Megaupload founder, Kim Dotcom, and three colleagues have moved a step closer to extradition from New Zealand to the United States where they faces charges of copyright infringement, racketeering and money laundering.
The New Zealand Court of Appeal this morning overturned earlier appeal rulings that had sided with Kim Dotcom and his associates. His defence team had previously managed to argue that it was entitled to examine the full set of evidence obtained by U.S. Authorities. This would have given the accused the opportunity to both prepare its defence fully and search for evidence that surveillance and warrants used as part of the group's arrest were illegal. This new ruling, however, dismisses this argument and instead allows US authorities to summarise its evidence.
On passing the ruling Justice Helen Winkelmann stated that an extradition hearing is not a trial in which innocence or guilt is determined, so the procedures required in such a case were not applicable. The court further pointed out that by the rules of the extradition agreement, the US is only obliged to prove it has a prima facie (valid) case.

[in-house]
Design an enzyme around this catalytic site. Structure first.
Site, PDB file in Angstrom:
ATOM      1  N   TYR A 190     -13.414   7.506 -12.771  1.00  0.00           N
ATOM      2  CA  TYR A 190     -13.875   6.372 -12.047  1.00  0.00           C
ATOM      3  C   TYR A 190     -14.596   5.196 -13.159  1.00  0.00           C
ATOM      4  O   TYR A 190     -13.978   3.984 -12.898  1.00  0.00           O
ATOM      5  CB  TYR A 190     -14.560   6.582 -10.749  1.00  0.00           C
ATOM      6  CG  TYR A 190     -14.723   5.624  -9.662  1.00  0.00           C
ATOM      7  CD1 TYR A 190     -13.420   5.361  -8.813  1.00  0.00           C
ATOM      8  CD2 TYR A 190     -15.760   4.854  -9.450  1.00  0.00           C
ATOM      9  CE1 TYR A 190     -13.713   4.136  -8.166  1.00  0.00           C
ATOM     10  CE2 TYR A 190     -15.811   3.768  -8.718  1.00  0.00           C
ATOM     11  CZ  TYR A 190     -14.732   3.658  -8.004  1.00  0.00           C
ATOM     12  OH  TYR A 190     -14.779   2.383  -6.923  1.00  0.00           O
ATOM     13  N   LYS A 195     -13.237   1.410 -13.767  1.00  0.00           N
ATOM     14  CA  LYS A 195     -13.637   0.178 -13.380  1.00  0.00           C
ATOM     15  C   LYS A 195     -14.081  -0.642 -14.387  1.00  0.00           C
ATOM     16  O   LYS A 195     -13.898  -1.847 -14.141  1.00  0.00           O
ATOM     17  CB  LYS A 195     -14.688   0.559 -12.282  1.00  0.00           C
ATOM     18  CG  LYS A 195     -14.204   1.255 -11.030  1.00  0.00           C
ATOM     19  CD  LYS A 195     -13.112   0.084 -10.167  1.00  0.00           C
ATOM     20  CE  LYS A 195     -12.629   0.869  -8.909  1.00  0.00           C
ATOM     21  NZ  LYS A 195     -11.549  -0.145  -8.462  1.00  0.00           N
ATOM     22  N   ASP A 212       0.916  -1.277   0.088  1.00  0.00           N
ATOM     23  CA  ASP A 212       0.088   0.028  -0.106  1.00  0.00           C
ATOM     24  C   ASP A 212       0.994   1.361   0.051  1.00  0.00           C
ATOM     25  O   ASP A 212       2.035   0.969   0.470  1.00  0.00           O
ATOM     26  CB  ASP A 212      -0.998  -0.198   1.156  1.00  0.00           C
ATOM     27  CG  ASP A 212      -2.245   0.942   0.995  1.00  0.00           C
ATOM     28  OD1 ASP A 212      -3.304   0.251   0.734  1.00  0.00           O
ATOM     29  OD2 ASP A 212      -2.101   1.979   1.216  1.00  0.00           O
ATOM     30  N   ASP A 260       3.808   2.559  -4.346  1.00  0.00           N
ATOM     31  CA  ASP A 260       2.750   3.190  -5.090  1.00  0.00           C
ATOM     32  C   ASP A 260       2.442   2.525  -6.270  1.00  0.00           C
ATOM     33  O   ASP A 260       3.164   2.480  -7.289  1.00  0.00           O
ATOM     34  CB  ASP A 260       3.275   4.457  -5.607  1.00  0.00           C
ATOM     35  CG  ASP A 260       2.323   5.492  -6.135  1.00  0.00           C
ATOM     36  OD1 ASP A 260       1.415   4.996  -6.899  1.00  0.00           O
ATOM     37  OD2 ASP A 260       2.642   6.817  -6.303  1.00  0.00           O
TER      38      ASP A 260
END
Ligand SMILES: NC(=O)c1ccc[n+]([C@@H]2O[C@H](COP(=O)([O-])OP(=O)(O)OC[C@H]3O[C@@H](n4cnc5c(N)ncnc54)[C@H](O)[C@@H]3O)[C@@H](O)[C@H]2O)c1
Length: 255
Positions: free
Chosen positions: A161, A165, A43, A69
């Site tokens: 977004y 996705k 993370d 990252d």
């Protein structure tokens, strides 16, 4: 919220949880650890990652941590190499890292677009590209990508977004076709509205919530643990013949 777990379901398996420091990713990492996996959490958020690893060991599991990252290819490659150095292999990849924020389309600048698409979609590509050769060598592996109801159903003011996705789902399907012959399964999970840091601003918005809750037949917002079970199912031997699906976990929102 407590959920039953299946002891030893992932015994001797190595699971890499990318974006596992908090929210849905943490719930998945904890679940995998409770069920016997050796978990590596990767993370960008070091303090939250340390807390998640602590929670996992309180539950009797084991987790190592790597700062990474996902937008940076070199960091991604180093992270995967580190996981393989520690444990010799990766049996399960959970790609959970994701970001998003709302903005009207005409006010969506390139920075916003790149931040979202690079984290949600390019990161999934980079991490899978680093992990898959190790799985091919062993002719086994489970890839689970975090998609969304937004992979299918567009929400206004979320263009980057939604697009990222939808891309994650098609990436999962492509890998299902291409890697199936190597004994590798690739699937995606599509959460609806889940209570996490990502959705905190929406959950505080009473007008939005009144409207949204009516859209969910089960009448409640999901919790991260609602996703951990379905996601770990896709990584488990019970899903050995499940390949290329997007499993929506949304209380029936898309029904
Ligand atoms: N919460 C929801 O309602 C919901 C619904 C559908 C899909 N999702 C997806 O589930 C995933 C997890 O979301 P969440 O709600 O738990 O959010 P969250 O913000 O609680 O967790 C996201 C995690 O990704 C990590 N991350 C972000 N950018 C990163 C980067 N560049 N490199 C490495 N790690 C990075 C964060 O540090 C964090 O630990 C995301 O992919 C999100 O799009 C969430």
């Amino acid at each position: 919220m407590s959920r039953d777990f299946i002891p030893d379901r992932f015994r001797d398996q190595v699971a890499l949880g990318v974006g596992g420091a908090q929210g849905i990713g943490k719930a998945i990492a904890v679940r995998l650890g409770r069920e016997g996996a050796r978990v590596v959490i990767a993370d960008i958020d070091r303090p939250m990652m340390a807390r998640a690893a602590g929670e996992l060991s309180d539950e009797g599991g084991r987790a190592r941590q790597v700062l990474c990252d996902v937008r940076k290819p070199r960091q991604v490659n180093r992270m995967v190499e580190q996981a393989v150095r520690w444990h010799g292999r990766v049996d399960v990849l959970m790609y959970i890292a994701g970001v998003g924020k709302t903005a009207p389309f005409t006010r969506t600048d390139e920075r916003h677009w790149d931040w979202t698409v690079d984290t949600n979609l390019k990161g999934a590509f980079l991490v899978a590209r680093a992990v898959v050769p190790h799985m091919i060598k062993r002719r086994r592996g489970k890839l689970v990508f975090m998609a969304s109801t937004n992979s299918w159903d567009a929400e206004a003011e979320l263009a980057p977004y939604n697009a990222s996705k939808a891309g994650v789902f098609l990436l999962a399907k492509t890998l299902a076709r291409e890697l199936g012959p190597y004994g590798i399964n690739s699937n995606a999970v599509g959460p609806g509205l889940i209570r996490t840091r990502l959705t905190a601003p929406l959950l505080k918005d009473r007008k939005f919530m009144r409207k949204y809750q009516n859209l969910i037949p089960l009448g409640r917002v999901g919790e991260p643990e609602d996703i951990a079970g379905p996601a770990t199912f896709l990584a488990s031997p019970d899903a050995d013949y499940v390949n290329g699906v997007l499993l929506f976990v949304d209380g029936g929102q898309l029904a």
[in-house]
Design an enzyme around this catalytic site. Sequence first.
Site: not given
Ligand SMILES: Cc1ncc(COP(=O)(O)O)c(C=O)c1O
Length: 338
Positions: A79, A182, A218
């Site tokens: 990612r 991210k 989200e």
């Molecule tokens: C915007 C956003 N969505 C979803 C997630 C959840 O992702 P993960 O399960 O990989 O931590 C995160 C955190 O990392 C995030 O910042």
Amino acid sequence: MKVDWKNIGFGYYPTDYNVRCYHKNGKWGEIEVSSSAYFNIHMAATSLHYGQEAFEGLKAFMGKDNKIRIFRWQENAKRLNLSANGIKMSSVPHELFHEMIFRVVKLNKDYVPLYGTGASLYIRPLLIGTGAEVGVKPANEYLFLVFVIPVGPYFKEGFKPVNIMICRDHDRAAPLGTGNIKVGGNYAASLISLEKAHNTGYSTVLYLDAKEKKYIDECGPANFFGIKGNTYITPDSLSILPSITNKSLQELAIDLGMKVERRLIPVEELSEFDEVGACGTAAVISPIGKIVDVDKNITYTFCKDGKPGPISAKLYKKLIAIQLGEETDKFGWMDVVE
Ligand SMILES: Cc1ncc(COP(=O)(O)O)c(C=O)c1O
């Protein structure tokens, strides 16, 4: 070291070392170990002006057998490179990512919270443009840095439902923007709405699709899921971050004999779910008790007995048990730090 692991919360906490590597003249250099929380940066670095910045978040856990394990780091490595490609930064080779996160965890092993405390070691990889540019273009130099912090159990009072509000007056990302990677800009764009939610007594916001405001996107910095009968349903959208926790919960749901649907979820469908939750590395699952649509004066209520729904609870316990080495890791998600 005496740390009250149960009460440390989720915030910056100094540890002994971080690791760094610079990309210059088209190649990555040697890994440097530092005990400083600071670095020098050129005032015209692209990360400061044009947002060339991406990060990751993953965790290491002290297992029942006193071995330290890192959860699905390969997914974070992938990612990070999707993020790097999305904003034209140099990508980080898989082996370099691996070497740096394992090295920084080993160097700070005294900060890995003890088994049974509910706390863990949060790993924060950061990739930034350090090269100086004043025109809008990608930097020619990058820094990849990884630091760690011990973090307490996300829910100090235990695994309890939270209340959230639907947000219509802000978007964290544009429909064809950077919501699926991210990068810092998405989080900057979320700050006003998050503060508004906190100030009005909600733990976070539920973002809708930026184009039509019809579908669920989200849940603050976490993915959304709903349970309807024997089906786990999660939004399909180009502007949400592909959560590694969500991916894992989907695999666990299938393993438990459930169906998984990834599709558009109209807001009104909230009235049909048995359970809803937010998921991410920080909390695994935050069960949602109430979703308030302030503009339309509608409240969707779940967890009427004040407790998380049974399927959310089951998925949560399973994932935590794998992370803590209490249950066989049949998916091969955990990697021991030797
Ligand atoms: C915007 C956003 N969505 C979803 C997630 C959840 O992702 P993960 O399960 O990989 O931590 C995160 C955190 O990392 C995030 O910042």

Kim Dotcom immediately took to Twitter to react to the ruling saying, “Am I disappointed about the ruling today? YES. Do 'good faith' & 'US govt' go together? NO. Will I sleep like an innocent baby tonight? YES.
Kim Dotcom and his co-accused, Mathias Ortmann, Finn Batato and Bram van der Kolk, all face charges pertaining to their running of the file sharing site Megaupload. The site allowed users to upload and share files, with financial incentives for those that did the uploading, and became one of the most prolific sources for illegally shared copyrighted material such as songs and films. However, the group denies the accusations against it on the basis that they didn't control the content of the site.
Kim Dotcom has since launched a new site, Mega, which has removed the financial incentives for uploading.